A dozen or more species of Ladies-tresses are known in the eastern United States. Among those with pronounced spirals are Slender Ladies-tresses (S. lacera), with ovate leaves and a green spot on the lip; Short-lipped Ladies-tresses (S. brevilabris), with a downy floral spike; and Little Ladies-tresses (S. tuberosa), with tiny flowers. In southern marshes and swamps Fragrant Ladies-tresses (S. odorata), grows to 2-3 (60-90 cm) and has spirally arranged clusters of fragrant flowers.

Source: 2013 Lady Bird Johnson Wildflower Center facebook icon

  Photo by Mike Breiding - Click for larger image

There were hundreds of plants and all were in the peak of bloom.
Click on this photo for a closer look.

  Photo by Mike Breiding - Click for larger image

This plant was growing near the Spiranthes. It looked familiar to me, but I could not put a name on it. Luckily "Randolph Rod" was able to. It is Fringed Gentian (Gentianopsis crinita). Although found in our home state of West Virginia, it is quite rare. I felt lucky to see it and I don't think I will forget it.

  Photo by Mike Breiding - Click for larger image

This closer look clearly shows the fringed petal edges. Pretty.

  Photo by Mike Breiding - Click for larger image

Here is a look at the shore line of Lake Michigan. The brownish color is not representative of what it really looks like. I had the white balance on my camera set for "cloudy" and this is the result.

  Photo by Mike Breiding - Click for larger image

Here is shot with the white balance set to "auto". This is how it actually looked. You can see there are a lot of broken rocks and flat sheets of rock. This is limestone pavement and is common along some of the shorelines up this way.

  Photo by Mike Breiding - Click for larger image

Here is another shot with the white balance on cloudy. Quite a difference.

  Photo by Mike Breiding - Click for larger image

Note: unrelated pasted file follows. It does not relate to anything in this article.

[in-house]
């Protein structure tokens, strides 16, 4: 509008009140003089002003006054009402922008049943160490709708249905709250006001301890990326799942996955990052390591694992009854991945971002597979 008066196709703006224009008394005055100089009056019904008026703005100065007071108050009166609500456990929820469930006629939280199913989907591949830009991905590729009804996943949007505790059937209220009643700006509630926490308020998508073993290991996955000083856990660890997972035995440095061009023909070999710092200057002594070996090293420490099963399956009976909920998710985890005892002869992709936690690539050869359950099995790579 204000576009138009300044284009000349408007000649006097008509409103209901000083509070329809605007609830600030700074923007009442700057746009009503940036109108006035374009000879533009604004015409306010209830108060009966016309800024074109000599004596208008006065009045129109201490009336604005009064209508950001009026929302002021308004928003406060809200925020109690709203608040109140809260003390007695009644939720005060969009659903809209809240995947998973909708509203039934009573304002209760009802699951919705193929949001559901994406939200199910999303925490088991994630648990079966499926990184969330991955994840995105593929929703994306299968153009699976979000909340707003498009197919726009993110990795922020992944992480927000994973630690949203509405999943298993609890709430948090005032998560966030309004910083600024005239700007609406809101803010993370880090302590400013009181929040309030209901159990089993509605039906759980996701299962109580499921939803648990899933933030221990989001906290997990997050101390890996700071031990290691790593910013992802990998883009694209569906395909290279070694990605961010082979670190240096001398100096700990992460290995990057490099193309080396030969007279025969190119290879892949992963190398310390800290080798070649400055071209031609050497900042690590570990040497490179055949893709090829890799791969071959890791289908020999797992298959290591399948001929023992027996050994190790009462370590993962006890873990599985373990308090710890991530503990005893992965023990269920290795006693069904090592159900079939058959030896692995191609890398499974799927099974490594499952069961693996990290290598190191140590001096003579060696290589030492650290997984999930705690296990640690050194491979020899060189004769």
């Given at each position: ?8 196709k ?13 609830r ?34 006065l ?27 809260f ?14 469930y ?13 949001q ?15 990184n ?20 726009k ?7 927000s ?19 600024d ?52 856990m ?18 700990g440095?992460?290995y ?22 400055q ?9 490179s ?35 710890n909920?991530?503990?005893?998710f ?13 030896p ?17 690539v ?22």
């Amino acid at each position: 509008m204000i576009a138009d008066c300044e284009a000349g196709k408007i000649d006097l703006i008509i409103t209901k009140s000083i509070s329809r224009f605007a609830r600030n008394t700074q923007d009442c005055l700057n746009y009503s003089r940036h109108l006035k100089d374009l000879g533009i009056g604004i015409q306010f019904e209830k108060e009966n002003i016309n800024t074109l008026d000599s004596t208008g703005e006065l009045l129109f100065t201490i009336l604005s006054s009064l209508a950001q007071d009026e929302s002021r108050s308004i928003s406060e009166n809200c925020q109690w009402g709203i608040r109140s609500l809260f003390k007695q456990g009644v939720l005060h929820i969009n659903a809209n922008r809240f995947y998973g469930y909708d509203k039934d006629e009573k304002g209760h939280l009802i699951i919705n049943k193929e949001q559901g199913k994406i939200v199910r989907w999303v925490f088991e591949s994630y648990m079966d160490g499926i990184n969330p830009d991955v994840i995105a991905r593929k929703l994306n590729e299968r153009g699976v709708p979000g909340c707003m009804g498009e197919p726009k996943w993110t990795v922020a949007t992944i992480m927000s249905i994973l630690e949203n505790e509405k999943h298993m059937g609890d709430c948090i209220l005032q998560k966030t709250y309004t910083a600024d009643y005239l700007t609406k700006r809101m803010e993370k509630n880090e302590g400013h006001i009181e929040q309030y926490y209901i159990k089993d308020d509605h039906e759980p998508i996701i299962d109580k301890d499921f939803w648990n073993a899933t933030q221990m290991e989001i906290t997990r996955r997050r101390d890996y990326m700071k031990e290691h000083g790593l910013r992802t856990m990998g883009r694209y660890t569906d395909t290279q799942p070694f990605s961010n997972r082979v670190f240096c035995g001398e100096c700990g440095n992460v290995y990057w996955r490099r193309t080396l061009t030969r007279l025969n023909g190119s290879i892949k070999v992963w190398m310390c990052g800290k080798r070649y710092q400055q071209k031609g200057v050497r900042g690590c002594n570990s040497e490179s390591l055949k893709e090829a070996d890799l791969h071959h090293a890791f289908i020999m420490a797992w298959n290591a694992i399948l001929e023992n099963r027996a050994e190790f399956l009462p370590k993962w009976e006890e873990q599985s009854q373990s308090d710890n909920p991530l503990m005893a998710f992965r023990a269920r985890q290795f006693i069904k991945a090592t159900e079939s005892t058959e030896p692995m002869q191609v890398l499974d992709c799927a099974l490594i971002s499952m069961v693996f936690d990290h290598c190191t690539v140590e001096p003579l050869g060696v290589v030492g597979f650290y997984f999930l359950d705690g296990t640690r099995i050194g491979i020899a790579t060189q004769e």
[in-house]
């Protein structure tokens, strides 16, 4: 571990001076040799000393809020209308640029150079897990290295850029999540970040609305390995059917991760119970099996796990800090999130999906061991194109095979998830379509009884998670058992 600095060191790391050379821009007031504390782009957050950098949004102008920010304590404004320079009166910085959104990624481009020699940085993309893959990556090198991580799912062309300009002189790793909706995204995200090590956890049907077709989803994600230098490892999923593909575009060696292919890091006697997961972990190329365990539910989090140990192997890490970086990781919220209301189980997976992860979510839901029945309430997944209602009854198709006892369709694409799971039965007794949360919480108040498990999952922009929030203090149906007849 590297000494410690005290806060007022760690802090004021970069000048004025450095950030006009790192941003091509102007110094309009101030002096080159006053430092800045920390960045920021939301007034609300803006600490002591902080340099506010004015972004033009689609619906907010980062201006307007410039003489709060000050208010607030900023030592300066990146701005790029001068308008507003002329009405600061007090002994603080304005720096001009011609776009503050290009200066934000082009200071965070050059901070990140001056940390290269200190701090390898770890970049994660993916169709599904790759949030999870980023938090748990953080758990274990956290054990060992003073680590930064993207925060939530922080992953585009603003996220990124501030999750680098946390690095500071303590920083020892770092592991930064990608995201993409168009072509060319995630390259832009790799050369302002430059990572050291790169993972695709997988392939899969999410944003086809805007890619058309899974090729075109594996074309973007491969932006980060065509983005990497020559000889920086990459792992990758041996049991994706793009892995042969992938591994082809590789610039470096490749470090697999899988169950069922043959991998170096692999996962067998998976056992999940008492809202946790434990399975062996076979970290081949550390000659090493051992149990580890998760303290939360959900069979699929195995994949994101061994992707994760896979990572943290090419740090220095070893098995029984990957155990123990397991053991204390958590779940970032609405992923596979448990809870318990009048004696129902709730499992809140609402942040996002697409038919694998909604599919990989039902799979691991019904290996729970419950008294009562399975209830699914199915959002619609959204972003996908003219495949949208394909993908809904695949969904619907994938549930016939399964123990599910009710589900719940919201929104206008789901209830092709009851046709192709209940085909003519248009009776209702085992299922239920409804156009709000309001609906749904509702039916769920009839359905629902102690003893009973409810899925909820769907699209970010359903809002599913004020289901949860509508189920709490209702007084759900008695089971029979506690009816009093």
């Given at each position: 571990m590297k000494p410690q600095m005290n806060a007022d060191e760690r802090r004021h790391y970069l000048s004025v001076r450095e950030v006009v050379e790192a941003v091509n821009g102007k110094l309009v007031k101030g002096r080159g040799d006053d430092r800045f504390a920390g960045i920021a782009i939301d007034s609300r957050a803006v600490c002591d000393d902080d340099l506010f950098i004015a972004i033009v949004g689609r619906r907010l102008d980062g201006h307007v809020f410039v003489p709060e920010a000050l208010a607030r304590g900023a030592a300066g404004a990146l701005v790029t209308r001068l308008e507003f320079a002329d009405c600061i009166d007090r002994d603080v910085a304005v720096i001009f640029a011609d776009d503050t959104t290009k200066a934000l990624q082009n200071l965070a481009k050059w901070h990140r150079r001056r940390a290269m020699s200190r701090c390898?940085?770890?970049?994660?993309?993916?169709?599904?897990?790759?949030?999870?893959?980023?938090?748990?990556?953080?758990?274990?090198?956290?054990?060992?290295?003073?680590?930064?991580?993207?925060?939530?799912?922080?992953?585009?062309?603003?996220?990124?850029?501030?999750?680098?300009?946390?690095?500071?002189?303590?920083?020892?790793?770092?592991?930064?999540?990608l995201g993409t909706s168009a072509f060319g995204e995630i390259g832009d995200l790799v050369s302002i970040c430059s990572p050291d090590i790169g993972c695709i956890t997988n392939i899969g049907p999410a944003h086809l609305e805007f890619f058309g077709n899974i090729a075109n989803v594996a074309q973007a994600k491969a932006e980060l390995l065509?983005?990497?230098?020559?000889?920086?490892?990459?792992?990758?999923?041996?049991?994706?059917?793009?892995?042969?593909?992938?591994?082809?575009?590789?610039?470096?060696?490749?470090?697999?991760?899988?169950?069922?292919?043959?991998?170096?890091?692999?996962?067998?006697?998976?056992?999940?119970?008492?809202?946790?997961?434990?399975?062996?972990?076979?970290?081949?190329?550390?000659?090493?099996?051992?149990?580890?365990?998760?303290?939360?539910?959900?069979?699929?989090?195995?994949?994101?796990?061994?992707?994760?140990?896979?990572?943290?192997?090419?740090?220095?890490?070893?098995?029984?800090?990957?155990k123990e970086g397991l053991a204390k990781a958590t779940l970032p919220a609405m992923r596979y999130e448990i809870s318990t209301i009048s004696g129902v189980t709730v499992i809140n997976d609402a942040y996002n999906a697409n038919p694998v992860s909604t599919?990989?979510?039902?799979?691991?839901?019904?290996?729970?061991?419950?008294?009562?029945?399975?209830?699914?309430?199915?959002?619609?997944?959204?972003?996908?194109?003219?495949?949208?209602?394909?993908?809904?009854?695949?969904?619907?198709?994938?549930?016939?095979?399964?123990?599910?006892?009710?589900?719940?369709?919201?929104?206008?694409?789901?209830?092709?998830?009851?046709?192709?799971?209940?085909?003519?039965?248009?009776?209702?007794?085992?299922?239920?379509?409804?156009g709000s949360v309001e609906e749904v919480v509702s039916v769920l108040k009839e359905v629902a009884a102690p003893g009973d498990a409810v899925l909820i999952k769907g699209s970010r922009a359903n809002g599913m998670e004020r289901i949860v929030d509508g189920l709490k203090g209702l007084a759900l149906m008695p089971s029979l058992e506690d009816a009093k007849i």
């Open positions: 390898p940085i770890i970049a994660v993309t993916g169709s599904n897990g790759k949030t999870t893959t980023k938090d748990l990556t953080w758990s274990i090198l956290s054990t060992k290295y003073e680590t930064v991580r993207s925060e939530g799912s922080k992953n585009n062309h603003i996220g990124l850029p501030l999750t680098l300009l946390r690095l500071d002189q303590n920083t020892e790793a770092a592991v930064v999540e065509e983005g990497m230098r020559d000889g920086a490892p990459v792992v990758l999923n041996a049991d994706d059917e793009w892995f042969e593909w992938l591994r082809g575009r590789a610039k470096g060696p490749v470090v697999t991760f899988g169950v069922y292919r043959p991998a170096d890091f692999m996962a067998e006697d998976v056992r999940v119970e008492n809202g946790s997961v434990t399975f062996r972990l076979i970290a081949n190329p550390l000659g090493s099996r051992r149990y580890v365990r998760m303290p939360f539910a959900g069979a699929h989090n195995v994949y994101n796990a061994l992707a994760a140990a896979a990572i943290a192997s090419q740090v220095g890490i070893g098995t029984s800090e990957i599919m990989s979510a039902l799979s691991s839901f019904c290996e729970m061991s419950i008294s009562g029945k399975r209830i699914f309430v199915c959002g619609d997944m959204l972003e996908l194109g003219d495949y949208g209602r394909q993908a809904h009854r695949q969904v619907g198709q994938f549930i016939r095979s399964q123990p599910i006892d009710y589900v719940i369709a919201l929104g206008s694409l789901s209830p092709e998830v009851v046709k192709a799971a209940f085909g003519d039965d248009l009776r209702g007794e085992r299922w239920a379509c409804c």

Here is a plant we just recently saw - in Maine! It is Creeping Juniper (Juniperus horizontalis). In Michigan it is commonly found growing on the dunes.

After the little shoreline exploration we decided to go on a trip down memory lane. We drove the 25 miles up to East Lake where we had camped out in 2010 to have another look around.

  Photo by Mike Breiding - Click for larger image

This was our site in June of 2010. It was at the end of the road and had its own private beach. We could sit on the shoreline and watch Loons with their babies on their backs. The would call on and off through out the day and sometime at night. It was wonderful.

After our little sentimental journey we looked over the map and decided to take a slow and scenic route back to Manistique. On our way we stopped at Palms Book State Park. We had a fun visit there in 2010.

The last stop of the day was Marley's in Manistique for dinner. We both ordered beers and the lake perch sandwiches. Betsy had a pint of Pick Axe Blonde Ale from Keweenaw Brewing Company which she enjoyed. I had two light weights.
Then it was "back to our nest" as Betsy would say.

  Photo by Mike Breiding - Click for larger image

On Saturday morning up got up early to enjoy the sunrise over Lake Michigan. The temps were in the low 30s but it was clear and calm and quite nice out. It was a pretty nice sunrise as the next few photos will show.

  Photo by Mike Breiding - Click for larger image   Photo by Mike Breiding - Click for larger image   Photo by Mike Breiding - Click for larger image

When talking about where to go on today's hike I asked Betsy to pick one. We both wanted another gorgeous shoreline hike like the one we took in 2010. But the wind was picking up and it was supposed to be strong and gusty all day. Being beaten to death by the wind for most of the day on an exposed shoreline didn't sound good to either of us. So Betsy chose an inland hike at Seney National Wildlife Refuge.

Route for the day

A map for orientation of places we visited while in the Manistique area. It is about 45 miles from Manistique to our trailhead at Seney.

  Photo by Mike Breiding - Click for larger image